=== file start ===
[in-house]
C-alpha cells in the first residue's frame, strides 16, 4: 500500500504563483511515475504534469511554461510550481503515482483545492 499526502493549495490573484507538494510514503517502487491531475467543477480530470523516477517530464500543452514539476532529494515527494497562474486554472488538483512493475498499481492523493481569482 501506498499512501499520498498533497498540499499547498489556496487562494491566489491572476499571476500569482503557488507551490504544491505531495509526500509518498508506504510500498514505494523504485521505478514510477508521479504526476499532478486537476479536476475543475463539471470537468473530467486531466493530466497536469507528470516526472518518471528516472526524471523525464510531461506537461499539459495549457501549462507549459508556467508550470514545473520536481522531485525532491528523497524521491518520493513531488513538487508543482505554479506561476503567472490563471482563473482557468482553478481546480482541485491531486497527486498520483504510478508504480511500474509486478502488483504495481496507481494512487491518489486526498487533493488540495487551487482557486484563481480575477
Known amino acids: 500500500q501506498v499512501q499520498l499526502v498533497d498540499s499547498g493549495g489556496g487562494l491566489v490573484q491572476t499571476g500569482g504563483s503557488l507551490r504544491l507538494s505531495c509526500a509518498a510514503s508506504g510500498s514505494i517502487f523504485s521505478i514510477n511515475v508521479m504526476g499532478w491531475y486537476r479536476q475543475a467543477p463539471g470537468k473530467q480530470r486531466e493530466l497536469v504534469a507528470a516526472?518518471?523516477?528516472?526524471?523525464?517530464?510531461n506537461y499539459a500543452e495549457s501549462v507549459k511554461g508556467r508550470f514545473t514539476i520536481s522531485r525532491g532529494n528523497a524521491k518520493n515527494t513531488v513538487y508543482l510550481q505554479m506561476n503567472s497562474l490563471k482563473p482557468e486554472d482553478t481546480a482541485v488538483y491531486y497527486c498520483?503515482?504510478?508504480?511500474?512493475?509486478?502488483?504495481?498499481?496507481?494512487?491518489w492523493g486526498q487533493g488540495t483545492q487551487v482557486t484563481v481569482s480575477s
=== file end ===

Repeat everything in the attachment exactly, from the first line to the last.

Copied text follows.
[in-house]
C-alpha cells in the first residue's frame, strides 16, 4: 500500500504563483511515475504534469511554461510550481503515482483545492 499526502493549495490573484507538494510514503517502487491531475467543477480530470523516477517530464500543452514539476532529494515527494497562474486554472488538483512493475498499481492523493481569482 501506498499512501499520498498533497498540499499547498489556496487562494491566489491572476499571476500569482503557488507551490504544491505531495509526500509518498508506504510500498514505494523504485521505478514510477508521479504526476499532478486537476479536476475543475463539471470537468473530467486531466493530466497536469507528470516526472518518471528516472526524471523525464510531461506537461499539459495549457501549462507549459508556467508550470514545473520536481522531485525532491528523497524521491518520493513531488513538487508543482505554479506561476503567472490563471482563473482557468482553478481546480482541485491531486497527486498520483504510478508504480511500474509486478502488483504495481496507481494512487491518489486526498487533493488540495487551487482557486484563481480575477
Known amino acids: 500500500q501506498v499512501q499520498l499526502v498533497d498540499s499547498g493549495g489556496g487562494l491566489v490573484q491572476t499571476g500569482g504563483s503557488l507551490r504544491l507538494s505531495c509526500a509518498a510514503s508506504g510500498s514505494i517502487f523504485s521505478i514510477n511515475v508521479m504526476g499532478w491531475y486537476r479536476q475543475a467543477p463539471g470537468k473530467q480530470r486531466e493530466l497536469v504534469a507528470a516526472?518518471?523516477?528516472?526524471?523525464?517530464?510531461n506537461y499539459a500543452e495549457s501549462v507549459k511554461g508556467r508550470f514545473t514539476i520536481s522531485r525532491g532529494n528523497a524521491k518520493n515527494t513531488v513538487y508543482l510550481q505554479m506561476n503567472s497562474l490563471k482563473p482557468e486554472d482553478t481546480a482541485v488538483y491531486y497527486c498520483?503515482?504510478?508504480?511500474?512493475?509486478?502488483?504495481?498499481?496507481?494512487?491518489w492523493g486526498q487533493g488540495t483545492q487551487v482557486t484563481v481569482s480575477s